Min­i­mum wage hike will af­fect Drumheller busi­nesses ‘big time’

The Drumheller Mail - - FRONT PAGE - Kyle Smylie

Busi­nesses in Drumheller are brac­ing for the min­i­mum wage hike in Oc­to­ber, say­ing it will af­fect their busi­nesses and staff.

Al­berta is set for the min­i­mum wage to be raised from $13.60 per hour to $15 per hour on Oc­to­ber 1, with a re­cent re­port from Pub­lic In­ter­est Al­berta say­ing more than 300,000 Al­ber­tans, nearly 1 in 6 work­ers, will have their wages in­creased. A key prom­ise of the Al­berta NDP’s 2015 elec­tion plat­form, Al­berta’s min­i­mum wage has risen from $12.20 in Oc­to­ber 2016 to $13.60 in 2017, with the com­ing in­crease be­ing the last of the party’s prom­ise to raise wages for the prov­ince’s low­est paid work­ers.

Lo­cal busi­nesses are pre­par­ing for the ef­fects of the up­com­ing hike and say it will change how they do busi­ness.

“It’s go­ing to af­fect us big time,” says Pizza Hut owner Tony Ibrahim. “When min­i­mum wage goes up, prices of prod­ucts go up right across the board. So at the end of the day peo­ple don’t end up with any dis­pos­able in­come.”

“I’m go­ing to have to cut back hours,” says Sublime Food and Wine owner Den­nis Standage, who adds his busi­ness will be cut­ting back lunch ser­vices partly due to the wage in­crease.

A re­port from the Cana­dian Fed­er­a­tion of In­de­pen­dent Busi­ness in mid-Au­gust says 85 per cent of over 1,000 small busi­nesses sur­veyed say they want min­i­mum wages frozen at cur­rent lev­els. The re­port also said 55 per cent have re­duced or elim­i­nated plans to hire new work­ers and 46 per cent have raised prices.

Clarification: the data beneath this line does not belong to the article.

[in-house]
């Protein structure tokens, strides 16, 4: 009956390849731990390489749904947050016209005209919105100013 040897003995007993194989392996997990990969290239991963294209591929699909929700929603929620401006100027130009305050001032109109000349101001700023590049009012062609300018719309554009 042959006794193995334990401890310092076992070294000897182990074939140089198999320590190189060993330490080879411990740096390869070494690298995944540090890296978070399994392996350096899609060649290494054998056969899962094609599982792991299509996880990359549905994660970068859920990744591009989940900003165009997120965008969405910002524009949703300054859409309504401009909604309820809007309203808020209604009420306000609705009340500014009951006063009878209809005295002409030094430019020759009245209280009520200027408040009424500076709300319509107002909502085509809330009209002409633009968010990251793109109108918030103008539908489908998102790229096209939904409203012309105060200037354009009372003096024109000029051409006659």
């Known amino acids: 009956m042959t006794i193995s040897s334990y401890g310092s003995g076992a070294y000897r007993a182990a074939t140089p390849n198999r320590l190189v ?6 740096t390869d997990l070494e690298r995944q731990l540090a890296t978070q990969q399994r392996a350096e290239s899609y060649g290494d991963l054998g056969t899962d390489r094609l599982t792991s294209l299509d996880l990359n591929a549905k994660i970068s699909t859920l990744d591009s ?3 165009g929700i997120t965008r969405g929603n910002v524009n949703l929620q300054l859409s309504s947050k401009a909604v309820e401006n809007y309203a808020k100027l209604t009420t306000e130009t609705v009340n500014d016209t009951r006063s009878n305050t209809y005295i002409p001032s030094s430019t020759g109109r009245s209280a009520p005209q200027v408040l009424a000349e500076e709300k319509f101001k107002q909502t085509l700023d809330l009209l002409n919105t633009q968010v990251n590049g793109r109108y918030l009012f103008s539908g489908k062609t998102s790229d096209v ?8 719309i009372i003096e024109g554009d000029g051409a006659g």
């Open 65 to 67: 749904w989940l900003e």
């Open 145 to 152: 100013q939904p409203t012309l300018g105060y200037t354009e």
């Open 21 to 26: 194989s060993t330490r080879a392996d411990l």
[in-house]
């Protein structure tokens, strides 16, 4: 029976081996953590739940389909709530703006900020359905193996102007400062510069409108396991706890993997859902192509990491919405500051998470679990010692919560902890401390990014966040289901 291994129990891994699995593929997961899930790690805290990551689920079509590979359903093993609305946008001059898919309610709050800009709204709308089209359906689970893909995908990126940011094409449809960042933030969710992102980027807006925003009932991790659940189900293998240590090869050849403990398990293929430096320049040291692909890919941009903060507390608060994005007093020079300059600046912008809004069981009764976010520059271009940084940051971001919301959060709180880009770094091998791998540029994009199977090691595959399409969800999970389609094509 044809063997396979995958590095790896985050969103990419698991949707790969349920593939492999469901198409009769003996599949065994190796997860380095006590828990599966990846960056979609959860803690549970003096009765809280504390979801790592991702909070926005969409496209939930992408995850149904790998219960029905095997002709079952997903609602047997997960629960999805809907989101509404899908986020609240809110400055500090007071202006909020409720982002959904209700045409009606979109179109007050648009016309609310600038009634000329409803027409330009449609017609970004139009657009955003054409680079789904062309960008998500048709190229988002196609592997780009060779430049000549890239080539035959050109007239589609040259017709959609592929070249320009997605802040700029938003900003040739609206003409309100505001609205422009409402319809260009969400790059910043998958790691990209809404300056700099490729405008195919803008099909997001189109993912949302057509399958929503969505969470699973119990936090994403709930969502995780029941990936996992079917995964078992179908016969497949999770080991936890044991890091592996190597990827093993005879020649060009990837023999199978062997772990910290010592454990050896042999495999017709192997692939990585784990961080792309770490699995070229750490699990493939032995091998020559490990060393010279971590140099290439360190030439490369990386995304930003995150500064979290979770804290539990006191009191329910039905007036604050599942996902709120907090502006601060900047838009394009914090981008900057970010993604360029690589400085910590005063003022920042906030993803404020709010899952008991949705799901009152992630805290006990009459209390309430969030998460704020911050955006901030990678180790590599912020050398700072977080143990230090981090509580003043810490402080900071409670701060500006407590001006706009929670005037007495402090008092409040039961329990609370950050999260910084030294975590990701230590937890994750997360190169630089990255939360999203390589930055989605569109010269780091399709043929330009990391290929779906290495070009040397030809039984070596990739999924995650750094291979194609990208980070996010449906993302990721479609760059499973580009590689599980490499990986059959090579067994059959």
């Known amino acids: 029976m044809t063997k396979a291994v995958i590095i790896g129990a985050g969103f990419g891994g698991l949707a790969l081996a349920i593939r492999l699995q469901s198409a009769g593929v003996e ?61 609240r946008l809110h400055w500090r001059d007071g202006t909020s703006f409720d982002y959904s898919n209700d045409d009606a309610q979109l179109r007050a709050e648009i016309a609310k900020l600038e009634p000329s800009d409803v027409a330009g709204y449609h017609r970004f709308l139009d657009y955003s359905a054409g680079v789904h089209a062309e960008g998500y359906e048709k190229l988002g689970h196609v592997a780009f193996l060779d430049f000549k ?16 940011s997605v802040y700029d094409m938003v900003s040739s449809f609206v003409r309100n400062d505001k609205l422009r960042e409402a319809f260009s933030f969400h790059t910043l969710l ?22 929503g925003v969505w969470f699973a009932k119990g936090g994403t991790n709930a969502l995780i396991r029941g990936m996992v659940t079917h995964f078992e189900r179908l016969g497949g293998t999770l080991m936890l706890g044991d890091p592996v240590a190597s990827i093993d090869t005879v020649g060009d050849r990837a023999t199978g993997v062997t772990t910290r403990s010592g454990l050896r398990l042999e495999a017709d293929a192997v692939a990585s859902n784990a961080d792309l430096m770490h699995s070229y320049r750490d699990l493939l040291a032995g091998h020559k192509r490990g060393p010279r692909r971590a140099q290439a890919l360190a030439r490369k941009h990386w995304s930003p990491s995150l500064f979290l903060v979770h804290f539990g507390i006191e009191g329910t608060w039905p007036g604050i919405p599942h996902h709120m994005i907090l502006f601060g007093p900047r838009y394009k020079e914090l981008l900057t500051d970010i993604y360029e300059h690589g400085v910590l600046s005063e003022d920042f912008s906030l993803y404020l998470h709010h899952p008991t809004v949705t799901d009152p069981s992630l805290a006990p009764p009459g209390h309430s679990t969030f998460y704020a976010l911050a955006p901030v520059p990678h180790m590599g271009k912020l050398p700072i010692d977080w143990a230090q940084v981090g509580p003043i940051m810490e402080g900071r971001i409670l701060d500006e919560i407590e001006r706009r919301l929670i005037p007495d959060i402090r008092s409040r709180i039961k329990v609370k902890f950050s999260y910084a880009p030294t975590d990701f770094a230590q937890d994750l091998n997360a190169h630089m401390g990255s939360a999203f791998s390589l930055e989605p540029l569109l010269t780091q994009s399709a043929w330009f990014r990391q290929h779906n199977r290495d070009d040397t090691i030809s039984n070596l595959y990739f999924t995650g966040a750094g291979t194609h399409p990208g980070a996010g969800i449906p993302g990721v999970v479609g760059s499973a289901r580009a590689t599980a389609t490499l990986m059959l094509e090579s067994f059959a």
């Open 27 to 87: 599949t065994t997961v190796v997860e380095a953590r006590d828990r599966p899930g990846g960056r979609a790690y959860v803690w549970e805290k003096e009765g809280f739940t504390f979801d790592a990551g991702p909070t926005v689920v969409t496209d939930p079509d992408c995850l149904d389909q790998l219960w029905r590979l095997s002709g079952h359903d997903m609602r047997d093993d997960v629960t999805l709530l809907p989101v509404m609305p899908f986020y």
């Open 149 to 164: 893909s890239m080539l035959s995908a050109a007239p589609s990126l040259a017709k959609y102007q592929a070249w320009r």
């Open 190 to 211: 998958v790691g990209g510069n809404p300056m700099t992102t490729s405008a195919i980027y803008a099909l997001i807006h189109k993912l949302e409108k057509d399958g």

The re­port from Pub­lic In­ter­est Al­berta also says about 77 per cent of those work­ers are 20 years of age or older, dis­pelling the “myth that most low wage work­ers are teenagers liv­ing in their par­ents’ base­ments.”

“We have gone on too long al­low­ing work­ers to be paid poverty-level wages,” said the or­ga­ni­za­tion's ex­ec­u­tive di­rec­tor Joel French in a press re­lease.

But Pizza Hut’s Ibrahim says it is not just an em­ployee’s wage which in­creases, but the in­crease causes sup­pli­ers and oth­ers along the chain of busi­ness to in­crease their costs, which gets passed onto own­ers and, ul­ti­mately, onto cus­tomers.

“You’re not even break­ing even in some cases. But there’s not much you can do about it, you just keep try­ing to grow your busi­ness as much as you can.”

The Mail reached out to a num­ber of other lo­cal busi­nesses who de­clined to com­ment.

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